A border taxi would have taken me for $35 to Ankor Wat, two hours to the east. I opted instead for a mini-van, which in the town of Poipet filled up with passengers much the way lifeboats are loaded.
The road through the town of Sisophon was nondescript. We stopped for water and snacks at a concession (ducks were on sale) that only a commission-seeking driver could love.
In Siam Reap (the town near Ankor Wat), I worked on my haggling skills when the $2 ride to my guest house started trading at $12 on the Tuk-Tuk Board of Trade.
* * *
Under the Khmer Rouge, Siam Reap was yet another city from which to drain the population, and the surrounding temples of Ankor civilization (most were built between the eighth and thirteenth centuries) were allowed to fall further into ruin. Revolutionary zeal had no time for package tourism or mango smoothies.
Since the 1990s, however, Siam Reap has turned into another Luxor or Delphi, a service town lined with five-star hotels and endless hostels, all of which exist to convert lost Ankor greatness into newfound cash flow.
Despite the heat and humidity—Siam Reap has the atmosphere of a rain forest—I decided to go around the ruins on a bicycle, both to spare myself guidespeak (“…the use of naga balustrades, lining the approach to the temple…”) and to escape the hordes of bus tourists who, in an ancient city some say is the size of Rhode Island, can manage to clog a boardwalk lined with bas-reliefs.
The guest house sent me off on a loaner bicycle that appeared lifted from the opening scenes of The Wizard of Oz. The chain skipped, and the tires were flat. I returned it and searched out a bike that could finish the 40 kilometer “grand circuit.” Eighteen dollars later, and with my passport posted as collateral, I had a 24-hour lease on a new mountain bike.
It amazes me that so many tourists are willing to shell out thousands of dollars to pay respects to a civilization about which most know nothing. And few tourists, despite paying $37 a day in earnest money, leave knowing much more about these relics of Hinduism, Buddhism, Vishnu, Shiva, or Jayavarman VII.
At one point I was standing with some recent graduates of Trump’s own Wharton Business School (they had the shoulder bags) who by 8:30 a.m. already had bad cases of museum feet. One of them asked what was in a nearby temple, to which his friend replied: “Oh, you know, the same shit.”
In brief (and for non-Whartonians), Ankor finds its inspiration in Indian greatness. By contrast, China was the greater influence in Vietnam, which it colonized for almost a millennium. Hence their 2000-year-old hot and cold wars.
All most tourists want to do in Siam Reap is walk along Pub Street (an evening, open-air frat party) or maybe fire off a few rounds of an AK-47 (you pay by the bullet—it’s a business, not a rebellion).
Still, before feeling entitled to the $0.50 draft beers on Pub Street, most visitors struggle out of bed at 4:30 a.m. to see Ankor Wat at sunrise. I was among them. In the 5:30 a.m. gloom I stood before the temple’s mountainous spires, but, as it was a long ride to get there, my idea of Nirvana was to find some cold bottled water.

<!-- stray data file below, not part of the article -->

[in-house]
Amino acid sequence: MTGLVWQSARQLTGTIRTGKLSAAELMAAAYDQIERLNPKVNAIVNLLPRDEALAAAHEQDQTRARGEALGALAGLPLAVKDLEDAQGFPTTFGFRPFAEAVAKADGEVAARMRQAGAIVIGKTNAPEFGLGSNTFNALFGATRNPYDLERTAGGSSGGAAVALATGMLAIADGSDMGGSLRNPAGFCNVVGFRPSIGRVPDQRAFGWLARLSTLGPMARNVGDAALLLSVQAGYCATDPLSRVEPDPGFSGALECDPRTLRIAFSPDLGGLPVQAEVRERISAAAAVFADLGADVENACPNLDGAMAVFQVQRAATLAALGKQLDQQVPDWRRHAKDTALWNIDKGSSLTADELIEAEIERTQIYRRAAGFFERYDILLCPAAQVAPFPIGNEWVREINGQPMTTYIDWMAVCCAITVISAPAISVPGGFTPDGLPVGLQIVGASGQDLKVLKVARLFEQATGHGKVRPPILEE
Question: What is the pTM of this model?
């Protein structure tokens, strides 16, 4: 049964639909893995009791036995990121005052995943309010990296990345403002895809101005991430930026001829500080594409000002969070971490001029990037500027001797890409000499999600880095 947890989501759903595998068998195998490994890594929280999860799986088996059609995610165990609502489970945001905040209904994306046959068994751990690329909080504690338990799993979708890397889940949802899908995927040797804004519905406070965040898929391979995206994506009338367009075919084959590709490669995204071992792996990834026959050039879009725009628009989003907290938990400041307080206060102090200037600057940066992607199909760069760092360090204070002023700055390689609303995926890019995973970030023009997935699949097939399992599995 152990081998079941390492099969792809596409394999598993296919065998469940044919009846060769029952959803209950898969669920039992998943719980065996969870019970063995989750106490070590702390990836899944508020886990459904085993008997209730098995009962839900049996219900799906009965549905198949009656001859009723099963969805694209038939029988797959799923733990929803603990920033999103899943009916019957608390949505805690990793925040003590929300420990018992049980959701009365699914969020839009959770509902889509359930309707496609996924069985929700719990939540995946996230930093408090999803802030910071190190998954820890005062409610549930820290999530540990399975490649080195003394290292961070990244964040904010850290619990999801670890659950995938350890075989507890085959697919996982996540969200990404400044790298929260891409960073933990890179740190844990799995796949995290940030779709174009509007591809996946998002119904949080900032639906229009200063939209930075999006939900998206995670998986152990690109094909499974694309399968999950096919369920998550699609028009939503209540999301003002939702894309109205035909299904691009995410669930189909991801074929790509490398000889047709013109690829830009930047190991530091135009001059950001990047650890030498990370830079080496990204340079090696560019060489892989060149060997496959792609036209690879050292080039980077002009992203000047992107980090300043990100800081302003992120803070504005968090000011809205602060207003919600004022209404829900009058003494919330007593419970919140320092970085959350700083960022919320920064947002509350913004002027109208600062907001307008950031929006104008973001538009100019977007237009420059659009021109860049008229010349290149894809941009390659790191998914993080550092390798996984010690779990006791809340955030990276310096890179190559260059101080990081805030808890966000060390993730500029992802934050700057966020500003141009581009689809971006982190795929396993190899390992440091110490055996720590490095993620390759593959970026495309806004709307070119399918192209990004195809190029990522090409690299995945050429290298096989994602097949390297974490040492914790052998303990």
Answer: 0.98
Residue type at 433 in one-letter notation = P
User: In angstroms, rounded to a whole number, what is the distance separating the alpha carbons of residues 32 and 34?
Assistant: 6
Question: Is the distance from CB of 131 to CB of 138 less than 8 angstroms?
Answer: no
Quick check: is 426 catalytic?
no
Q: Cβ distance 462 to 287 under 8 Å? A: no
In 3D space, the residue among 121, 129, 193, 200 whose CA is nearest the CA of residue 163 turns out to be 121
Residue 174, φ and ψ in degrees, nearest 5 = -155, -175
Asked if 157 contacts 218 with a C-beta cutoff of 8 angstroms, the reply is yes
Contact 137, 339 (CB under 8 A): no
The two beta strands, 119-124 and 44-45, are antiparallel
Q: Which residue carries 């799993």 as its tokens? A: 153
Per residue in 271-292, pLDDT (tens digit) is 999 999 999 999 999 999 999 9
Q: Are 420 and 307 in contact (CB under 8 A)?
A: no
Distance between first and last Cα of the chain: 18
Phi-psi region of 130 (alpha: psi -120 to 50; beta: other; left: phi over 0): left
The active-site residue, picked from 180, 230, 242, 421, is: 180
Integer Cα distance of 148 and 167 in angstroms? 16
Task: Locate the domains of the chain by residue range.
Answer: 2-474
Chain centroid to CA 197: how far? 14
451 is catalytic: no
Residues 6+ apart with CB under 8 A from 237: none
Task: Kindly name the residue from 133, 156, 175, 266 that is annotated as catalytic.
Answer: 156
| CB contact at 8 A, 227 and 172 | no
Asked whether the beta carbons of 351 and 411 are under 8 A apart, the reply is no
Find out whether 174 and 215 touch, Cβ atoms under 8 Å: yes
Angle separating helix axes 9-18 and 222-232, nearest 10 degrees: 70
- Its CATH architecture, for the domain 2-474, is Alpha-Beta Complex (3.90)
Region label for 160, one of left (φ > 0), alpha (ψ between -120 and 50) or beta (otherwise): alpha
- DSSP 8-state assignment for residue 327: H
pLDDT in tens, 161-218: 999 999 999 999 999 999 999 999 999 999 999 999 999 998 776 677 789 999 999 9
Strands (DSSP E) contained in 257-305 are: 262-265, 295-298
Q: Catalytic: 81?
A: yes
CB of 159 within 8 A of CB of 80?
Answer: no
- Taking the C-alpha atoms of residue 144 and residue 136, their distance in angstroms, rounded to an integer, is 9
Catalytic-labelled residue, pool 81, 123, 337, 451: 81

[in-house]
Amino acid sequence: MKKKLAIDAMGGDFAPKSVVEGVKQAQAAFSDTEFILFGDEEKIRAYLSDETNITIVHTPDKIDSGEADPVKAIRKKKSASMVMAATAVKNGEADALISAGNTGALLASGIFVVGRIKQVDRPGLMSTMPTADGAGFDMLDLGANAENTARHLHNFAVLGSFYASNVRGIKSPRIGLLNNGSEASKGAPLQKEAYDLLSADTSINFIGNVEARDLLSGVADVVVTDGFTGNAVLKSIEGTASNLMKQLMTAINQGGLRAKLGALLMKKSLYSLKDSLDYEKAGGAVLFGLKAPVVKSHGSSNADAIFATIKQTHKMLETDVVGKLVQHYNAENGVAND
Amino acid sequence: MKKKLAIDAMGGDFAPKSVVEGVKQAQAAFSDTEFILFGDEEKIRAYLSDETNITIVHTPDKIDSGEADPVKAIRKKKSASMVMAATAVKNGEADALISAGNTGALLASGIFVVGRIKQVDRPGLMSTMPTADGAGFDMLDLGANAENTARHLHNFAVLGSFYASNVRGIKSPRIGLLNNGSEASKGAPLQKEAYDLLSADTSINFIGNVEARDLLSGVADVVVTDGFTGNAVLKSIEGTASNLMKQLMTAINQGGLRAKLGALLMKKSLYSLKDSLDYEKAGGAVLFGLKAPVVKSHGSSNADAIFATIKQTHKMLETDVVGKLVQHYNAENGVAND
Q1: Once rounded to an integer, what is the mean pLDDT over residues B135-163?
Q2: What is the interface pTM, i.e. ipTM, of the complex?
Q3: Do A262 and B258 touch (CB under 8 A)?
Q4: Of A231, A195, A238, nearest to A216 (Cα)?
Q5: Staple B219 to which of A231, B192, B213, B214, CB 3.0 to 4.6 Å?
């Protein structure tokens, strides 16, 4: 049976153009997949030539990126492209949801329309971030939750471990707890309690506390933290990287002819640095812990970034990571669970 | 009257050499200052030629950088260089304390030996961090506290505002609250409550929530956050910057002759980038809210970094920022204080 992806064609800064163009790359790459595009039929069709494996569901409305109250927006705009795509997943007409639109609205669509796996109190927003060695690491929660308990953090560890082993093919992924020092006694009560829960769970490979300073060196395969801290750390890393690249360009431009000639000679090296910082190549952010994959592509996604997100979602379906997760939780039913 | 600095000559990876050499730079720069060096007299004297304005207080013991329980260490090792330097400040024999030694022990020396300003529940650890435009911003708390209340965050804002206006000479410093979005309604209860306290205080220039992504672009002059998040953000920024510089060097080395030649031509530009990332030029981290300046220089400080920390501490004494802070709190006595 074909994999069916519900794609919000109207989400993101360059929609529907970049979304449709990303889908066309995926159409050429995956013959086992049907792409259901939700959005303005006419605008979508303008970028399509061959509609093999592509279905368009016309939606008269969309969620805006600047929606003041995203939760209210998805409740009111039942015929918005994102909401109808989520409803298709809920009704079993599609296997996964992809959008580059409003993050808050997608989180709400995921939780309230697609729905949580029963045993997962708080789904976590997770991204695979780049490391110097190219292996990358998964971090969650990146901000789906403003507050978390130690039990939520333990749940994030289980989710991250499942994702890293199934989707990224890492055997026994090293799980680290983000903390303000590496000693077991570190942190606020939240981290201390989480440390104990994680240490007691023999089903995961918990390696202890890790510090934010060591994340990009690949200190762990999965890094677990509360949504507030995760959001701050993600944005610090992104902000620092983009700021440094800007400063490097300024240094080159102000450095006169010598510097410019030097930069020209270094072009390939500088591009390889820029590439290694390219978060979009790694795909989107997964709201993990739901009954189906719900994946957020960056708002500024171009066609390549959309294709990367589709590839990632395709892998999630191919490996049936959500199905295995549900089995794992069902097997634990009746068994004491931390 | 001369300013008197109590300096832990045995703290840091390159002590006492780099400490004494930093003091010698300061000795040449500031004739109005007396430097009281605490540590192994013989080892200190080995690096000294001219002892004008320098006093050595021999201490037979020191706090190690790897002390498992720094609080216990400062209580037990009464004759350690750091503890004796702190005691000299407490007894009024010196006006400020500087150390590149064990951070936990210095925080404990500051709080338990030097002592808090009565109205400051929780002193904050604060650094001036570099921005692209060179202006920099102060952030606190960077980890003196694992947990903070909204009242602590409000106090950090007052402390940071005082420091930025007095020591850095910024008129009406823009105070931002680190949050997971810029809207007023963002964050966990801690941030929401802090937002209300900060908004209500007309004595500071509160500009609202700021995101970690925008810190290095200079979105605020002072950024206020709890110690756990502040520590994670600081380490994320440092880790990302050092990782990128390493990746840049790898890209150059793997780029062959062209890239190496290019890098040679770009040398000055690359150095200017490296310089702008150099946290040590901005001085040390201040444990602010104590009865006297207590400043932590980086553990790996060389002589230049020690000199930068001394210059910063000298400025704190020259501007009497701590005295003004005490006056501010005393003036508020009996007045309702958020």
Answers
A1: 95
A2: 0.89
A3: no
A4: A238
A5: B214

* * *
In riding the stations of the Ankorian cross, I consumed four liters of water and dutifully climbed up and down countless stone staircases. The bike store had warned me about riding off-road (land mines remain a legacy of the war years), so I stuck to the established trails, which reminded me of Louisiana’s bayou country—with a jungle canopy in many places, palm trees, swamp land, and cicadas as loud as diesel generators.
When the sun was too much, I would sit in the shade with my guidebook, trying to decode language more fit for doctoral candidates in Asian architecture than a Long Island boy out on his bike for the day. (To wit: Apart from two panels, the subject matter is from Hindu sources, mainly the Ramayana and Mahabbarata epics. The exceptions are the Historic procession of Suryavarman II…)
I never did master the lineup of Khmer kingdoms or figure out what reduced Ankor to rubble. (Cambodians like to blame the Vietnamese and the French, although they came much later; better culprits are the Burmese, the Thais, and water shortages.). But in making it to Ankor Thom, Bayon, and Ta Prohm (trees have it in a stranglehold), I did manage to close an open circle of my lifetime.
* * *
I first heard details about Ankor Wat in the late 1970s from my friend, the journalist and author, T.D. (Timothy) Allman. During the Indochina wars, like Conrad’s Marlow in our Brooklyn backyard, he would speak of Ankor as a lost city of paradise, a landlocked Atlantis submerged in the depths of a remote jungle.
During the darkness of the Pol Pot years, he would wonder aloud about how the revolution might be devouring not just its present, but also its past.
After Hanoi invaded Cambodia in winter 1979 and drove off the Khmer Rouge, Timothy was determined to get back to Ankor, as soon as someone in power would give him a visa.
I don’t now remember the details, except that in 1981 he was one of the first Western journalists to revisit Ankor Wat. It took him several days to travel from Phnom Penh to Siam Reap, and he accomplished the journey on the back of a truck.
Cambodian roads were then little more than dusty trails. In the 1970s the traffic was confined to death marches—the exodus of city dwellers into the Cambodian netherworld from which only a few returned. (If three million Cambodians were killed in the holocaust, some two million died from the exhaustion of their exile.)